Reviewing EMDR

Reviewing EMDREye Movement Desensitization and Reprocessing (EMDR) is a form of psychotherapy practiced by a professional therapist to help people overcome the emotional distress associated with trauma. In most cases, EMDR is used for people who suffer from posttraumatic stress disorder (PTSD), but it can also address the issues that underpin other anxiety problems.

People who experience any sort of trauma often develop emotional hardships that cause anxiety, fear, stress and depression. These emotional disorders continue to debilitate people when an experience triggers a memory of the past: because someone has not yet processed the trauma, she can become locked up when memories recur. The National Registry of Evidence-based Programs and Practices, which was developed by the Substance Abuse and Mental Health Services Administration, explains that EMDR is designed to treat people with trauma-related emotional disorders, such as depression or anxiety. In short, it improves overall mental health and wellbeing by helping people move past trauma. However, before treatment can begin, an EMDR therapist will meet with a potential patient to review her history and determine if she is ready for therapy1.

The EMDR Institute explains that the mind can heal from emotional wounds much like the body heals from physical ones. The body naturally works to heal itself when it is wounded by a cut or scrape, but, if the injury is continuously repeated or a foreign object gets stuck in the wound, then the wound will only fester. In the same way EMDR removes foreign objects (traumatic pain) from the brain to ensure that it heals. Unfortunately, if the processing center of the brain continues to be blocked by trauma, then the wound will continue to fester and cause even more pain2.

The EMDR Institute states that multiple studies show EMDR to be effective: between 84% and 90% of patients who suffer from a single-trauma incident are no longer diagnosed with PTSD after only three treatment sessions. Other studies show that 77% of people with multiple traumas no longer have this disorder after six sessions, and 77% of combat veterans no longer have it after 12 sessions. Also, the American Psychiatric Association, the World Health Organization and the Department of Defense all recognize EMDR as an effective form of treatment for trauma.

EMDR therapy works in 8 phases that involve focusing on the patient’s past, present and future. Therapy process the past experiences as well as current issues that contribute to distress. Once the issues are resolved, the patient learns the skills and attitudes to create a better future. The first phase of EMDR is a history of the patient, which includes identifying the issues from the past and any current situations that cause distress. Going as far back as early childhood is necessary to determine if the patient has unresolved issues that contribute to current distress.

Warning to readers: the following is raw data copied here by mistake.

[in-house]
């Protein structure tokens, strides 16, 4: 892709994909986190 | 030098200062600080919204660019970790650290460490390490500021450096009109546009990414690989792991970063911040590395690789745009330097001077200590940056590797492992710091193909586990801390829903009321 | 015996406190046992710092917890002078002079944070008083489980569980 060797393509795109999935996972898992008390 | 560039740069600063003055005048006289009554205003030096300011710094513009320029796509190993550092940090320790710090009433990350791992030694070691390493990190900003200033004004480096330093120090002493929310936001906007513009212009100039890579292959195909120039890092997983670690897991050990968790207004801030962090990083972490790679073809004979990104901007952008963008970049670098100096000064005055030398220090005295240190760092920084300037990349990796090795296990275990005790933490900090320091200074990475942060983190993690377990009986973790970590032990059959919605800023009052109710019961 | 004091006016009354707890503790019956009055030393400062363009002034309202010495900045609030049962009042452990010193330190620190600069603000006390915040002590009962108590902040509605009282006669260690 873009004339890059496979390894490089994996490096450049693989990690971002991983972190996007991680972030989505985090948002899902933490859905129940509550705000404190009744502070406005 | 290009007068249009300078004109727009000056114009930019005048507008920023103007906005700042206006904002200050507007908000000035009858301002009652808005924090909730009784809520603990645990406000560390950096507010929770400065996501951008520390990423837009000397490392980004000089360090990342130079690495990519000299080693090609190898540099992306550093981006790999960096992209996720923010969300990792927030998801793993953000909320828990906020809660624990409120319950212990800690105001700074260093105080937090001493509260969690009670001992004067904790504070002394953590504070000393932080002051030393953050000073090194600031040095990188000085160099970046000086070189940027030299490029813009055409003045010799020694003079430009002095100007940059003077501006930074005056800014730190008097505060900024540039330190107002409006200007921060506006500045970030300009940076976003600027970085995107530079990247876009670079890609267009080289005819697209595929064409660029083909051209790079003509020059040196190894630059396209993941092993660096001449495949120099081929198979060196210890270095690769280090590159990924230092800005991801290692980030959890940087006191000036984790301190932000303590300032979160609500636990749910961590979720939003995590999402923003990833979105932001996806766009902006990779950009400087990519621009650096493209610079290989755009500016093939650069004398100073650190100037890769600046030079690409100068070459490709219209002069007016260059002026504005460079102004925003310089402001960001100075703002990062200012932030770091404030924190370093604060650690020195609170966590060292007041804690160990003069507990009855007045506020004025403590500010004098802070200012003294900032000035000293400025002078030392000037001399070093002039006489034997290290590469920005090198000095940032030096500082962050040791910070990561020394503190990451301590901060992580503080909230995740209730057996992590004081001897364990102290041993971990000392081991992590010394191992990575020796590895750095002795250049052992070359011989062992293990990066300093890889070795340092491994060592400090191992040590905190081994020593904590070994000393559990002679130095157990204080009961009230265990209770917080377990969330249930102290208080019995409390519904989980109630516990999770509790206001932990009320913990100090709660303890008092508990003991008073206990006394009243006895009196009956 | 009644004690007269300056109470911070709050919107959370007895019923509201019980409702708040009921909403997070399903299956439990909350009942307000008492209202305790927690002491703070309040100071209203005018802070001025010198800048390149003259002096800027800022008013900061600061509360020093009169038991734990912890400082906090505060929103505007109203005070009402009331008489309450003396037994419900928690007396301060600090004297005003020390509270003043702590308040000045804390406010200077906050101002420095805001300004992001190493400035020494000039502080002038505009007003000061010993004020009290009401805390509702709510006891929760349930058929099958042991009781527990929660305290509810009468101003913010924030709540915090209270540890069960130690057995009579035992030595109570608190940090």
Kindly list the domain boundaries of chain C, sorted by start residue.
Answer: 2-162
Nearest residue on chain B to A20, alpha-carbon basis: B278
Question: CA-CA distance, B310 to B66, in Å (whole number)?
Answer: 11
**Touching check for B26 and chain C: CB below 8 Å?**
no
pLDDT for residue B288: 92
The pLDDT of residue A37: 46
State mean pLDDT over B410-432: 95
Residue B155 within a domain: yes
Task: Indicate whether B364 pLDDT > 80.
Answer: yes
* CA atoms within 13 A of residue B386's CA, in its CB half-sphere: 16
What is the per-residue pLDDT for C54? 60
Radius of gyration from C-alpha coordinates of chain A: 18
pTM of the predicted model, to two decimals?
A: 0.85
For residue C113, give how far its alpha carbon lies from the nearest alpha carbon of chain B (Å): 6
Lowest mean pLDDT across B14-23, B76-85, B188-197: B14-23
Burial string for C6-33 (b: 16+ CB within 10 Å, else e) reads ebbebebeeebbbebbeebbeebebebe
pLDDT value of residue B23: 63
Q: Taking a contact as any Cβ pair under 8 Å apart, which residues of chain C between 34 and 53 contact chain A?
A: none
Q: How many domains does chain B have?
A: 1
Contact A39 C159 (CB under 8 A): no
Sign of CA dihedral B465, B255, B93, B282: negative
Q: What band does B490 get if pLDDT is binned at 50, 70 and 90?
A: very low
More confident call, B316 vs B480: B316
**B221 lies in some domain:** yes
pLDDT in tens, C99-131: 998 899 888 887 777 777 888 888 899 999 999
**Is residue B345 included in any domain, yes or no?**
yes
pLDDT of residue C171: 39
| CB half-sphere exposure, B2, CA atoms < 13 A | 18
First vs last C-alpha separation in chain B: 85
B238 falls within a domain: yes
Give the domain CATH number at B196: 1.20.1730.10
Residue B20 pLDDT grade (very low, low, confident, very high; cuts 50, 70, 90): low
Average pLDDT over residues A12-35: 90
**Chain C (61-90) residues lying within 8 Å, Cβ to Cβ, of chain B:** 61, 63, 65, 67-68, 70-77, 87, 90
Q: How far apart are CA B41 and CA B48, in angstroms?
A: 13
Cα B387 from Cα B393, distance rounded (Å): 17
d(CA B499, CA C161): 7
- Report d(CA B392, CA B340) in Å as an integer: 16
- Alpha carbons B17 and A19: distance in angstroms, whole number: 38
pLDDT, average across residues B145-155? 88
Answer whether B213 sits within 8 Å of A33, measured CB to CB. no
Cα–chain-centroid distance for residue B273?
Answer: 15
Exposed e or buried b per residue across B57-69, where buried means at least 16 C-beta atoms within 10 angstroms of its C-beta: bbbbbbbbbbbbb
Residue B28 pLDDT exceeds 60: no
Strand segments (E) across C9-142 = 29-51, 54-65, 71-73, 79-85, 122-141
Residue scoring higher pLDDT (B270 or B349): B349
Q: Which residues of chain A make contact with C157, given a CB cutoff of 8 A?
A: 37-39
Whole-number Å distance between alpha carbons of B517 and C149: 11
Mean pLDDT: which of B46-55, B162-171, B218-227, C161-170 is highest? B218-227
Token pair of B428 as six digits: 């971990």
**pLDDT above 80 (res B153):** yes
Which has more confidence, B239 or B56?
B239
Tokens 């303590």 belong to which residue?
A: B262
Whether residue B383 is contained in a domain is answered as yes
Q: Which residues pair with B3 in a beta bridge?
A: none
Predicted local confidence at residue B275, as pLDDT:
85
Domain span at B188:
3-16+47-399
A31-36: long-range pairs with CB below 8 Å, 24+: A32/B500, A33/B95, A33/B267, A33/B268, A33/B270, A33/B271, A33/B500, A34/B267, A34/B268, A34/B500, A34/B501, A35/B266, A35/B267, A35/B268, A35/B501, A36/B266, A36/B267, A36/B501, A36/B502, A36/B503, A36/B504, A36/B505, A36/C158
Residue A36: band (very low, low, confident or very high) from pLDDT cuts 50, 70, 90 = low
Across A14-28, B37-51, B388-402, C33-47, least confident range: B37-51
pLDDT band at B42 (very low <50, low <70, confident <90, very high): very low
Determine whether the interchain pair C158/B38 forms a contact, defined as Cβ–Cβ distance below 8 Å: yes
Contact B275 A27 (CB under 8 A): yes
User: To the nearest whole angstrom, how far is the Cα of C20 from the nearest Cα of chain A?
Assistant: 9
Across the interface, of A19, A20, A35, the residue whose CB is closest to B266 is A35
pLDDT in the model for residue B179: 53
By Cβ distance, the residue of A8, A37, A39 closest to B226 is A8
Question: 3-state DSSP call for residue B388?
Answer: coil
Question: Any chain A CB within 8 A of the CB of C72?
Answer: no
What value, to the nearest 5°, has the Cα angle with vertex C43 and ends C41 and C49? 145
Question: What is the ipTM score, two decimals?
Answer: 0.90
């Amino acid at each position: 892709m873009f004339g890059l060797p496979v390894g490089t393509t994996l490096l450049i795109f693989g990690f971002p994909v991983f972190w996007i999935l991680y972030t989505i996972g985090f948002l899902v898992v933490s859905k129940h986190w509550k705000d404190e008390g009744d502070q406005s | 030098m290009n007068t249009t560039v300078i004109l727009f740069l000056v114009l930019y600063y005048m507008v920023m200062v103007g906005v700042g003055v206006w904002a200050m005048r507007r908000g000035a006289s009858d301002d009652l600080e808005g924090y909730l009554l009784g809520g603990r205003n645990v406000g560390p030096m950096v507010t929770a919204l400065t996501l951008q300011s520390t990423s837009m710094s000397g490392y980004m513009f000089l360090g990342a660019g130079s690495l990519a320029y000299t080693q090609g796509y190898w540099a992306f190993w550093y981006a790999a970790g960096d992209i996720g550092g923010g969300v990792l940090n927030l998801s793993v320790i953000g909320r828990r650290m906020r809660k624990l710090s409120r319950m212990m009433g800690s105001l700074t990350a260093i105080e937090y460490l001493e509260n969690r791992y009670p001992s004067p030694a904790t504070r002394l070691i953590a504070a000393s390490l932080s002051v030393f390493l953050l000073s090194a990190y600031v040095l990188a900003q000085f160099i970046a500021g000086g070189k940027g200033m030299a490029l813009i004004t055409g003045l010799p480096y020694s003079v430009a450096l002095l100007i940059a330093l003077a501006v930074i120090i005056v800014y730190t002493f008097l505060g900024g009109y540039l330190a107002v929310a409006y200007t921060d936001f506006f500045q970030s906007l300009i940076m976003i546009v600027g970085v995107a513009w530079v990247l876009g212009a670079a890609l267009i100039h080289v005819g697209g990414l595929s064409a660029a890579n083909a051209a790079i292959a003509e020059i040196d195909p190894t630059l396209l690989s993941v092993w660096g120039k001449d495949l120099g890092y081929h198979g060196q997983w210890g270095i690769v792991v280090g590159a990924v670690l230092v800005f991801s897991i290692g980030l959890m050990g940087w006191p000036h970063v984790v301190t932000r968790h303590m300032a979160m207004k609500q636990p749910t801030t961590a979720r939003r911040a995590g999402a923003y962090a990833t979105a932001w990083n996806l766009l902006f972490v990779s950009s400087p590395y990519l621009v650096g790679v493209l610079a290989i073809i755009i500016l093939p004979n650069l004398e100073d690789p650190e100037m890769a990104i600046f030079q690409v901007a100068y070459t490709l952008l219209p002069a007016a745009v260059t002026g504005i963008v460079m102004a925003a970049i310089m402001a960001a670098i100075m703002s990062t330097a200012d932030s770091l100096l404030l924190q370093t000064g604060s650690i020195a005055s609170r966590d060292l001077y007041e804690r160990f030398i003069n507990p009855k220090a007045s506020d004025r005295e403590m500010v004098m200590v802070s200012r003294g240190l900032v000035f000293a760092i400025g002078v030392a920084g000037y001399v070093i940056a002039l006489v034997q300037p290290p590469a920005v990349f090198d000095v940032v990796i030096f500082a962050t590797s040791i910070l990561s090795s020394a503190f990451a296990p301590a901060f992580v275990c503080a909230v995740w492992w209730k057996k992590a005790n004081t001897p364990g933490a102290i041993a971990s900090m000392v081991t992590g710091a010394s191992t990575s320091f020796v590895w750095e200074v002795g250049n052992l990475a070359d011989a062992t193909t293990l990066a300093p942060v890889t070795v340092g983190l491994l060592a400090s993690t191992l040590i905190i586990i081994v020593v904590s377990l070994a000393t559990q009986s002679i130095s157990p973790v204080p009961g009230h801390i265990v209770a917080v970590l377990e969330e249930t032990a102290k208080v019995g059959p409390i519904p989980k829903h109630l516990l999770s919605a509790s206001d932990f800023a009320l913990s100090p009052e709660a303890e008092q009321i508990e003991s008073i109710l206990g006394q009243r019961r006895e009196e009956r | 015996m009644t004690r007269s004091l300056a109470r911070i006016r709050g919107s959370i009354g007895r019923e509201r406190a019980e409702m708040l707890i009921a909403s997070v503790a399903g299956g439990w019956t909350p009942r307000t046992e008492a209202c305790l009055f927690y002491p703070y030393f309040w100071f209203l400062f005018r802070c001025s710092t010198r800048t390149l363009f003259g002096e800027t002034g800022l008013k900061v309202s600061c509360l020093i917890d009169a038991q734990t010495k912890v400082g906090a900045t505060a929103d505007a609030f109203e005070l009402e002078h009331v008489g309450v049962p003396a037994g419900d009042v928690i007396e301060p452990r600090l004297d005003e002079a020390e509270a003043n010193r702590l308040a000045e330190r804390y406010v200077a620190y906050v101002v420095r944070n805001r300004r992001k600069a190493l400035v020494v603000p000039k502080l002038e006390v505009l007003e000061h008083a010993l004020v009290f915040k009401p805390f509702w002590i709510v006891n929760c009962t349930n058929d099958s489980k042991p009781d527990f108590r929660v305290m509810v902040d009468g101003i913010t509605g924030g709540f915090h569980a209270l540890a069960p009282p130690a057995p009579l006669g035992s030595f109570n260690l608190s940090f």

Phase two of EMDR treatment consists of equipping patients with multiple ways to handle emotional distress, such as imagery and other stress-reducing techniques. The therapist may test different coping techniques to see which ones works for each particular patient. The next three phases of EMDR consist of identifying and processing the target. The therapist will focus on the particular incident that causes emotional distress while asking the patient to think about an image related to his pain. The patient must also must choose one negative and positive thought he has about himself, along with the emotions and bodily sensation he has related to those thoughts. As a patient focuses on his image, beliefs and the resulting body sensations, the therapist utilizes different forms of external stimulation, such as eye movement: the therapist will direct the patient’s eyes with her finger. This process occurs for some time, but afterwards the patient will let his mind go blank to notice any random thought, feeling or image that comes to mind. This process is continually repeated until the patient reports no distress.

Phases seven and eight consist of closure and instructing the patient to keep a daily log of emotions and sensations related to the traumatic incidents; in doing so, she can remind herself to utilize the coping techniques she learned in therapy for these new problems. The final phase will determine the progress she made to ensure that all distressing incidents have been resolved. Such work also ensures that the patient is ready to respond to any future events in healthy ways.

The length of treatment depends upon the number of traumatic incidents in the patient’s life and the age he developed PTSD. Most patients with a single traumatic event can overcome their problems treated in fewer than five hours of therapy. Patients who experienced multiple traumatic events (such as combat veterans) typically need longer treatment periods, but seek help to address your needs and to find the therapeutic methods that will work best for you.

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1 U.S. Department of Health and Human Services, “Eye Movement Desensitization and Reprocessing,” National Registry of Evidence-based Programs and Practices, http://www.nrepp.samhsa.gov/01_landing.aspx, (Updated January 28, 2014).

2 “What is EMDR?” EMDR Institute, INC., http://www.emdr.com/what-is-emdr/, Cited November 15, 2015).